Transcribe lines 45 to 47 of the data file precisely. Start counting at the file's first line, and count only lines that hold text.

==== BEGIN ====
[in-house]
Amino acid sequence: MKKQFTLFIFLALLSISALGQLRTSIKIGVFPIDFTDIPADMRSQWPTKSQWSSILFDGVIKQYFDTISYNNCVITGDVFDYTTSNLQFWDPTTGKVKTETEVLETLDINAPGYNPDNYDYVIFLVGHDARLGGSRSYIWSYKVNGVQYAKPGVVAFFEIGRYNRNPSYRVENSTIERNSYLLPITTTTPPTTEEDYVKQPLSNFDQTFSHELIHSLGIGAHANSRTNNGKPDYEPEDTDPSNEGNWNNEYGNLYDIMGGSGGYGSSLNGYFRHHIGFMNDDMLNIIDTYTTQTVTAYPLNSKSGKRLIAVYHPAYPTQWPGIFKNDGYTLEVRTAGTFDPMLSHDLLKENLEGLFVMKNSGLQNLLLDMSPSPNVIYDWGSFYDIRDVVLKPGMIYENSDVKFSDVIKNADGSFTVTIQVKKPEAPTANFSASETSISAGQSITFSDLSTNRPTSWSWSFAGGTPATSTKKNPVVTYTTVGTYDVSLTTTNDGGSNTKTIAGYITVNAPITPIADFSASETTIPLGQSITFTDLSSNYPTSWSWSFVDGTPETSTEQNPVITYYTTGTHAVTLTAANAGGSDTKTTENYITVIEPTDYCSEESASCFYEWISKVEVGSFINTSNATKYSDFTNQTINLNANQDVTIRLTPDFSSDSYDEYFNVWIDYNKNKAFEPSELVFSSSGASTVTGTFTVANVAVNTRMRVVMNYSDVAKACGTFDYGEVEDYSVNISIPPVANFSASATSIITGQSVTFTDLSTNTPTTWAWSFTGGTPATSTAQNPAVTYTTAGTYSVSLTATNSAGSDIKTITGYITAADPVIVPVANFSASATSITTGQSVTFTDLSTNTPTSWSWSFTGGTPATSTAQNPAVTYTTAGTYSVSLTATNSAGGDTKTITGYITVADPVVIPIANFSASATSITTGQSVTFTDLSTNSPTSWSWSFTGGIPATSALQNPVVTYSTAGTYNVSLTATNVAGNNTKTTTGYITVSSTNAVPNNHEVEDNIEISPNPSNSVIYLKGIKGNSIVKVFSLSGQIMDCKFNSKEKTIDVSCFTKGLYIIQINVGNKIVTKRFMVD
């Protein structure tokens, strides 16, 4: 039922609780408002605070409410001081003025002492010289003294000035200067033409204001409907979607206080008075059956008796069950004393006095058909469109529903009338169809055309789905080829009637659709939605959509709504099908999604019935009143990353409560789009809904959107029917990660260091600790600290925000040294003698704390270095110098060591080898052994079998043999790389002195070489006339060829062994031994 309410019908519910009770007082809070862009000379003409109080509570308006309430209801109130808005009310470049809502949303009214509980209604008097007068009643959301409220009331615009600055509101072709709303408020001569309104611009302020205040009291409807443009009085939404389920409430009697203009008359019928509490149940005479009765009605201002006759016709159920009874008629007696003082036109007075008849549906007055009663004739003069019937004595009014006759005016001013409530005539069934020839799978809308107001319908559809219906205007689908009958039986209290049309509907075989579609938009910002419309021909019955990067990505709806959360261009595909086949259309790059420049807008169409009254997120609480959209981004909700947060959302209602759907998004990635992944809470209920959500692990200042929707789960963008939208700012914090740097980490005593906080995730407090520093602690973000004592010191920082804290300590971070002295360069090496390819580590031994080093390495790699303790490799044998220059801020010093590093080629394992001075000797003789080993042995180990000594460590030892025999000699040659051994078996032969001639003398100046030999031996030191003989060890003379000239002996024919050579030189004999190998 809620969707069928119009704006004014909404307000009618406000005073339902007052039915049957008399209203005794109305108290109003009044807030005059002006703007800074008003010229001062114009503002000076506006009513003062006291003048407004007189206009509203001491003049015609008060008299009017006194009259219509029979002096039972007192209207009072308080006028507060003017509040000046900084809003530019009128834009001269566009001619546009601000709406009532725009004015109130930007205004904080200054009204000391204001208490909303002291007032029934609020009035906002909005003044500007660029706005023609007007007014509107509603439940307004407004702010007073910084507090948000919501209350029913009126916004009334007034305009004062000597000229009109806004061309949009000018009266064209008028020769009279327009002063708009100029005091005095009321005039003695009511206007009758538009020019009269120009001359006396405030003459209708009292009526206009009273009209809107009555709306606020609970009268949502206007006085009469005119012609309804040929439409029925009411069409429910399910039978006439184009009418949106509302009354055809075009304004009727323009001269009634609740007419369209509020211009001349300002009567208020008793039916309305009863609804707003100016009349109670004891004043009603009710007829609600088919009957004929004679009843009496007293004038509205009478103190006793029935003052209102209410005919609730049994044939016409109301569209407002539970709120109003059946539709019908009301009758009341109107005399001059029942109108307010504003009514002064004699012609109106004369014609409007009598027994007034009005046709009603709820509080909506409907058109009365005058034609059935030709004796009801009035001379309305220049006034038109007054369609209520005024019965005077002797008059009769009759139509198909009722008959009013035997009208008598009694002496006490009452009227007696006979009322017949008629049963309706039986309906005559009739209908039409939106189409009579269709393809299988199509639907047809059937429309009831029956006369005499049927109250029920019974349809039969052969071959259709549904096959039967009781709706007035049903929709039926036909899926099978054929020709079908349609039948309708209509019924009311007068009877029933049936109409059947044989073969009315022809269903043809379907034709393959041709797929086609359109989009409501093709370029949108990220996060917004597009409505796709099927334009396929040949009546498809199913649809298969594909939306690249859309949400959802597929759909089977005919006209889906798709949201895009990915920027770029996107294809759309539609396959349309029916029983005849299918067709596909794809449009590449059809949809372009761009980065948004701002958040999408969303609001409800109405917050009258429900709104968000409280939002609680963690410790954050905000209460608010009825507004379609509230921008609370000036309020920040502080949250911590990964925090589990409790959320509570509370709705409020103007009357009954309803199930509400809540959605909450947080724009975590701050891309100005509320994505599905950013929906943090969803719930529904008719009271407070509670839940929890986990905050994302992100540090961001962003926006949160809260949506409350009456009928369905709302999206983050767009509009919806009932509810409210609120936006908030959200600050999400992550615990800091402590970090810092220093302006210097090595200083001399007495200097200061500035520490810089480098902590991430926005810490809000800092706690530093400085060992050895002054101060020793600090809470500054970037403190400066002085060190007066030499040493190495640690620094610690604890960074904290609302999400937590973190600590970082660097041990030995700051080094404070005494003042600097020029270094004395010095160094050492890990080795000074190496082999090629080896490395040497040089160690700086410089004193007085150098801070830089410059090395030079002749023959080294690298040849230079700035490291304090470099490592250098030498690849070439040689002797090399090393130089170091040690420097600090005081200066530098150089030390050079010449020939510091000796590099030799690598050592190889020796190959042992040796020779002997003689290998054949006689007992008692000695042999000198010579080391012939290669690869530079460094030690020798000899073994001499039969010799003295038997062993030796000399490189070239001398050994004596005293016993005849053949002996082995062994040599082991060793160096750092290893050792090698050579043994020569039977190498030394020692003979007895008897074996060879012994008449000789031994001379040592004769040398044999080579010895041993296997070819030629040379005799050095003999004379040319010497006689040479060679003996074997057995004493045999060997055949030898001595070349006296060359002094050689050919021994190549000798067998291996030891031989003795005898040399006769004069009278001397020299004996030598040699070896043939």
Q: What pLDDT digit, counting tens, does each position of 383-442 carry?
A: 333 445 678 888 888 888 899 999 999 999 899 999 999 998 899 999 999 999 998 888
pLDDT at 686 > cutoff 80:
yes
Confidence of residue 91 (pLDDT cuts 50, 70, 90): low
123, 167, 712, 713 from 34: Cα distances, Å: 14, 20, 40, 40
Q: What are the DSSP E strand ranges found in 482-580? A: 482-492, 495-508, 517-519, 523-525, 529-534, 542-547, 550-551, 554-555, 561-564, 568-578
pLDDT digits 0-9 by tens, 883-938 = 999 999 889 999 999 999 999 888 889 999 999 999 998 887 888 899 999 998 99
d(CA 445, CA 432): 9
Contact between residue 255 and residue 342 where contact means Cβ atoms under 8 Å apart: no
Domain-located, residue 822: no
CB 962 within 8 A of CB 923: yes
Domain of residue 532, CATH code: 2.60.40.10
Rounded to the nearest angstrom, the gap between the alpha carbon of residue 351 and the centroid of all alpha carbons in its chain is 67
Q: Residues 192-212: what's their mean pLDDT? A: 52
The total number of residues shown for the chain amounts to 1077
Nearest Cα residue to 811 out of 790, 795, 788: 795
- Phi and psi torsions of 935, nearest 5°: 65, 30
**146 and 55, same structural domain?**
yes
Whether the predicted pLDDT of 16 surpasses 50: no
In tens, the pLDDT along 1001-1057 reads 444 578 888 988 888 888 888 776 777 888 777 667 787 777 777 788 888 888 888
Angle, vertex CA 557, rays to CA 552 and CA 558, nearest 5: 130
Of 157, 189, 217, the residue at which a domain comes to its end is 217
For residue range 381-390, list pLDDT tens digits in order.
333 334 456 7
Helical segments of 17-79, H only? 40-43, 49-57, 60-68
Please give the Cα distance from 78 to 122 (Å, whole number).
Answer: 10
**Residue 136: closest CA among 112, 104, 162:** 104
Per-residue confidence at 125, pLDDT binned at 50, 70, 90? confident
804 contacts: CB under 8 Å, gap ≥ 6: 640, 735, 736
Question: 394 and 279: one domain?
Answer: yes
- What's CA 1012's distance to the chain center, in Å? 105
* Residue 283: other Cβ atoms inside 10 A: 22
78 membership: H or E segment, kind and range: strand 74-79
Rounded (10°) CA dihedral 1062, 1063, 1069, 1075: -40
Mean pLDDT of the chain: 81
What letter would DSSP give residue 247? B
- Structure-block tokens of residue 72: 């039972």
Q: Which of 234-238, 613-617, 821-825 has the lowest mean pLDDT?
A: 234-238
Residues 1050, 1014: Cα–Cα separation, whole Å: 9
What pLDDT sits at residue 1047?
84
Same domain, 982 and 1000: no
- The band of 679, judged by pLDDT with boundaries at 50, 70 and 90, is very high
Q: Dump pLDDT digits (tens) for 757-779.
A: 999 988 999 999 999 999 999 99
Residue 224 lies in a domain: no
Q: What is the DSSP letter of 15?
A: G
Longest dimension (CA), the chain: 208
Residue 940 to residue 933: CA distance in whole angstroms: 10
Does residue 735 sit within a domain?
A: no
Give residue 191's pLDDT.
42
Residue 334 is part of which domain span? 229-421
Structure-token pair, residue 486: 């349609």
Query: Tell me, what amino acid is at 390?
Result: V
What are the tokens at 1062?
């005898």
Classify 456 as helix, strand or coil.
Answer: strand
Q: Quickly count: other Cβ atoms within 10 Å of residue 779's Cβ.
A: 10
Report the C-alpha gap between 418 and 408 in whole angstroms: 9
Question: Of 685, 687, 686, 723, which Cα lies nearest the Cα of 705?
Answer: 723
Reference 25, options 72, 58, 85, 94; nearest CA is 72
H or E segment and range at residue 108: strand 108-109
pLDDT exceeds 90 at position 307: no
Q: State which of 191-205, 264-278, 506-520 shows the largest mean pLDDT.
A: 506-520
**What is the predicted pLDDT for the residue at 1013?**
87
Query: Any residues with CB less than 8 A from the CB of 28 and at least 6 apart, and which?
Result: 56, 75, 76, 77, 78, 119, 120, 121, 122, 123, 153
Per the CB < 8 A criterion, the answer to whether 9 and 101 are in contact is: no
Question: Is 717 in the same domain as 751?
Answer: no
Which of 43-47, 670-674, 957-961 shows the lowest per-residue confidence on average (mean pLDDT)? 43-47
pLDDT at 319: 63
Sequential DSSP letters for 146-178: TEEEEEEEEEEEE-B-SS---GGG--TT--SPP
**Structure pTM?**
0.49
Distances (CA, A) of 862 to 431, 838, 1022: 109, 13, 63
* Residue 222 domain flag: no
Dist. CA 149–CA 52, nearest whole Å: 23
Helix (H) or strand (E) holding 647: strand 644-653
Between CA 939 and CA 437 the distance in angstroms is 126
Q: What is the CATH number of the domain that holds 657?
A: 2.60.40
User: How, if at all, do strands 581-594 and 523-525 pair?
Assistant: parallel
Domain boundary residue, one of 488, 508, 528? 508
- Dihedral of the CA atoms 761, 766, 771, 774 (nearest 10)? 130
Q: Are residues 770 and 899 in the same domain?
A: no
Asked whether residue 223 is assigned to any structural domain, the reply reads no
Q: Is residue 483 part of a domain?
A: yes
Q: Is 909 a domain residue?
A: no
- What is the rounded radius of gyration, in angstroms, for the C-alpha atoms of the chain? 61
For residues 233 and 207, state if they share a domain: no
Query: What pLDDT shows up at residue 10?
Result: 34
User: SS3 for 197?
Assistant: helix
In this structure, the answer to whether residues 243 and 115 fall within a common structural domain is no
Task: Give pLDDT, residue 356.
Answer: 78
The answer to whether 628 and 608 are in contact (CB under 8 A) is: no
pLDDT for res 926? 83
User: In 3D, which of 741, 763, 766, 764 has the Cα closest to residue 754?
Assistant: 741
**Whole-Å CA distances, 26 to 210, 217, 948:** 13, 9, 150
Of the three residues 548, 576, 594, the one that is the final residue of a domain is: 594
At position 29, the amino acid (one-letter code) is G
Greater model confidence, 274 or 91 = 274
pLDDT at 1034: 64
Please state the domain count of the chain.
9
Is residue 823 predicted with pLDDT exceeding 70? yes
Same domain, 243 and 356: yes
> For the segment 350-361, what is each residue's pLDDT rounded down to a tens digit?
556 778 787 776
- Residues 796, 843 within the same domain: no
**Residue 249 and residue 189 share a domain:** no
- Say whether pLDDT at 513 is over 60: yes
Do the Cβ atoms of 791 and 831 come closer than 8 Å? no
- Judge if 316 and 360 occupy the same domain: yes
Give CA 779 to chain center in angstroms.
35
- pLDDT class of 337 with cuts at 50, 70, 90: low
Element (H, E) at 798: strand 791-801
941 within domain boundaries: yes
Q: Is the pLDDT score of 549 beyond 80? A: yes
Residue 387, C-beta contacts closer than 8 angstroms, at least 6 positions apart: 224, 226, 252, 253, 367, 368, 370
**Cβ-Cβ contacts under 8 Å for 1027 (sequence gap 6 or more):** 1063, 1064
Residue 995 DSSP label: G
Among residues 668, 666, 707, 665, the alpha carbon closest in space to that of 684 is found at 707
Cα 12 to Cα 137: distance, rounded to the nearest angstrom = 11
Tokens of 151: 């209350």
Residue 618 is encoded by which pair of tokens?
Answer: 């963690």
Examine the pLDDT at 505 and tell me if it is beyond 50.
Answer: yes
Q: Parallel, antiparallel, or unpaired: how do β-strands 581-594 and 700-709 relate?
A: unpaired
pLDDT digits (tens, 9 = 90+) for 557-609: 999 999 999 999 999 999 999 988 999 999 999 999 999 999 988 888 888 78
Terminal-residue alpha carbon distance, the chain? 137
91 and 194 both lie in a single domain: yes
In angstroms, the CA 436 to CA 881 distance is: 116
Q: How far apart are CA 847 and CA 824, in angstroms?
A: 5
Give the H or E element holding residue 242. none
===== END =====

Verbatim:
Q: Which of 234-238, 613-617, 821-825 has the lowest mean pLDDT?
A: 234-238
Residues 1050, 1014: Cα–Cα separation, whole Å: 9